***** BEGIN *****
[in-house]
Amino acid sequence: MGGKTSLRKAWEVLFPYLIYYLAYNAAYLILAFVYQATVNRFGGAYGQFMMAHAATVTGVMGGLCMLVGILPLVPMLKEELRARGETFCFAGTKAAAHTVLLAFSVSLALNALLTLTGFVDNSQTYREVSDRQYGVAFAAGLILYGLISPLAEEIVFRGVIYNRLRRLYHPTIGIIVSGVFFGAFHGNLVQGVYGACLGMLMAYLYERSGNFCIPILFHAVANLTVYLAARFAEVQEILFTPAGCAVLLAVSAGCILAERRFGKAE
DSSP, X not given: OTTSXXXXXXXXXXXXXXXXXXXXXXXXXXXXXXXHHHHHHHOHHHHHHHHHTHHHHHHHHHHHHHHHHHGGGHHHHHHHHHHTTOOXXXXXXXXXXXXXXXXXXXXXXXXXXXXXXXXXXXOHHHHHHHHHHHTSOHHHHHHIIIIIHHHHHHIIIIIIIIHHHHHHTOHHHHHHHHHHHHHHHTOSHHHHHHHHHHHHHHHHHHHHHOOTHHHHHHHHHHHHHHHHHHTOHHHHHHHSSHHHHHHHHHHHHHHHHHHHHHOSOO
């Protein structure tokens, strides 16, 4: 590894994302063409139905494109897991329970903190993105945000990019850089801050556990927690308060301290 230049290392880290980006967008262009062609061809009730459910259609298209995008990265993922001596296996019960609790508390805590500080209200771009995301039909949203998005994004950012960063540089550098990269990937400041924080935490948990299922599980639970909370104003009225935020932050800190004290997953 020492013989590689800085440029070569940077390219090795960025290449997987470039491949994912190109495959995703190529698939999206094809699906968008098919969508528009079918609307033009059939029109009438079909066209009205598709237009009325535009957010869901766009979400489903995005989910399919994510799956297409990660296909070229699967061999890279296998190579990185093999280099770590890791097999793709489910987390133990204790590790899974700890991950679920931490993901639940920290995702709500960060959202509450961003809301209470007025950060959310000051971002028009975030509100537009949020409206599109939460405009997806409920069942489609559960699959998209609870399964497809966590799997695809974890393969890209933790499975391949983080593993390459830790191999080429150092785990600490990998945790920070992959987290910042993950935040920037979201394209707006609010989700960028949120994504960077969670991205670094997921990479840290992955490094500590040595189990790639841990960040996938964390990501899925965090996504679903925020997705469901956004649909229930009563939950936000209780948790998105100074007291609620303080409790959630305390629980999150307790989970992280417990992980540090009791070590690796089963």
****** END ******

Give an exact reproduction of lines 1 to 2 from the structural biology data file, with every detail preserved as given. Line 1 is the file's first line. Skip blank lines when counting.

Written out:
[in-house]
Amino acid sequence: MGGKTSLRKAWEVLFPYLIYYLAYNAAYLILAFVYQATVNRFGGAYGQFMMAHAATVTGVMGGLCMLVGILPLVPMLKEELRARGETFCFAGTKAAAHTVLLAFSVSLALNALLTLTGFVDNSQTYREVSDRQYGVAFAAGLILYGLISPLAEEIVFRGVIYNRLRRLYHPTIGIIVSGVFFGAFHGNLVQGVYGACLGMLMAYLYERSGNFCIPILFHAVANLTVYLAARFAEVQEILFTPAGCAVLLAVSAGCILAERRFGKAE